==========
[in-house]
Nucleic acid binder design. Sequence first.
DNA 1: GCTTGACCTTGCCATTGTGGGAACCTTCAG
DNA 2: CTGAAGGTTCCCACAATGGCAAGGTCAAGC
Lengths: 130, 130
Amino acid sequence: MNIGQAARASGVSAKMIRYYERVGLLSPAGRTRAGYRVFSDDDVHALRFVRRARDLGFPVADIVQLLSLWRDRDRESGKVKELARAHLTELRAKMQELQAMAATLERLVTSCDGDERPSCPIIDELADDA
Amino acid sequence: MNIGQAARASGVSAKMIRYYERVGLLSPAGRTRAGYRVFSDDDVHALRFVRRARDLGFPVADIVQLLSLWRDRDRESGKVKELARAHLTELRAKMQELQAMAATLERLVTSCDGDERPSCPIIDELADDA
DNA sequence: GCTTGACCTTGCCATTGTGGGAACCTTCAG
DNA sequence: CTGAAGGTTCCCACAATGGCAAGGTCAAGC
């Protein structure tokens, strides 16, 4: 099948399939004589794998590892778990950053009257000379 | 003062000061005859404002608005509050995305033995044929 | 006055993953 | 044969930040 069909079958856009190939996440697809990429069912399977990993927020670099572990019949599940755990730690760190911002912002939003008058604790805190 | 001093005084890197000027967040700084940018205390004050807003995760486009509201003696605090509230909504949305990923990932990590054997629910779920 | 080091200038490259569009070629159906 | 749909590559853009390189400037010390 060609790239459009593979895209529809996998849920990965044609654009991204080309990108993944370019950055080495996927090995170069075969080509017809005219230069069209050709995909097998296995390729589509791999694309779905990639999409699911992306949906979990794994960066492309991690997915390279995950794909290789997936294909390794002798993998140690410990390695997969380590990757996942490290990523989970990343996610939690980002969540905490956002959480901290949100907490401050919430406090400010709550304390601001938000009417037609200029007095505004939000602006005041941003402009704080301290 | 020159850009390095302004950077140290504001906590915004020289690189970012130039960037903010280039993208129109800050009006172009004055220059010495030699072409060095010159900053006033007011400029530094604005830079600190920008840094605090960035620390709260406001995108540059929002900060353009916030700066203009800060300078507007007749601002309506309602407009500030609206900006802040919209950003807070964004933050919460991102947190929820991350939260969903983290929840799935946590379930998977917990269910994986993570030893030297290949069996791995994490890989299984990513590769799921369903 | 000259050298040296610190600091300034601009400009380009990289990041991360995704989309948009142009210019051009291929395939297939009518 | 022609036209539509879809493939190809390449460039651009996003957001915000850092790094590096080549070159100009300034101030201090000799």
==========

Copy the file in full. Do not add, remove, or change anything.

[in-house]
Nucleic acid binder design. Sequence first.
DNA 1: GCTTGACCTTGCCATTGTGGGAACCTTCAG
DNA 2: CTGAAGGTTCCCACAATGGCAAGGTCAAGC
Lengths: 130, 130
Amino acid sequence: MNIGQAARASGVSAKMIRYYERVGLLSPAGRTRAGYRVFSDDDVHALRFVRRARDLGFPVADIVQLLSLWRDRDRESGKVKELARAHLTELRAKMQELQAMAATLERLVTSCDGDERPSCPIIDELADDA
Amino acid sequence: MNIGQAARASGVSAKMIRYYERVGLLSPAGRTRAGYRVFSDDDVHALRFVRRARDLGFPVADIVQLLSLWRDRDRESGKVKELARAHLTELRAKMQELQAMAATLERLVTSCDGDERPSCPIIDELADDA
DNA sequence: GCTTGACCTTGCCATTGTGGGAACCTTCAG
DNA sequence: CTGAAGGTTCCCACAATGGCAAGGTCAAGC
């Protein structure tokens, strides 16, 4: 099948399939004589794998590892778990950053009257000379 | 003062000061005859404002608005509050995305033995044929 | 006055993953 | 044969930040 069909079958856009190939996440697809990429069912399977990993927020670099572990019949599940755990730690760190911002912002939003008058604790805190 | 001093005084890197000027967040700084940018205390004050807003995760486009509201003696605090509230909504949305990923990932990590054997629910779920 | 080091200038490259569009070629159906 | 749909590559853009390189400037010390 060609790239459009593979895209529809996998849920990965044609654009991204080309990108993944370019950055080495996927090995170069075969080509017809005219230069069209050709995909097998296995390729589509791999694309779905990639999409699911992306949906979990794994960066492309991690997915390279995950794909290789997936294909390794002798993998140690410990390695997969380590990757996942490290990523989970990343996610939690980002969540905490956002959480901290949100907490401050919430406090400010709550304390601001938000009417037609200029007095505004939000602006005041941003402009704080301290 | 020159850009390095302004950077140290504001906590915004020289690189970012130039960037903010280039993208129109800050009006172009004055220059010495030699072409060095010159900053006033007011400029530094604005830079600190920008840094605090960035620390709260406001995108540059929002900060353009916030700066203009800060300078507007007749601002309506309602407009500030609206900006802040919209950003807070964004933050919460991102947190929820991350939260969903983290929840799935946590379930998977917990269910994986993570030893030297290949069996791995994490890989299984990513590769799921369903 | 000259050298040296610190600091300034601009400009380009990289990041991360995704989309948009142009210019051009291929395939297939009518 | 022609036209539509879809493939190809390449460039651009996003957001915000850092790094590096080549070159100009300034101030201090000799």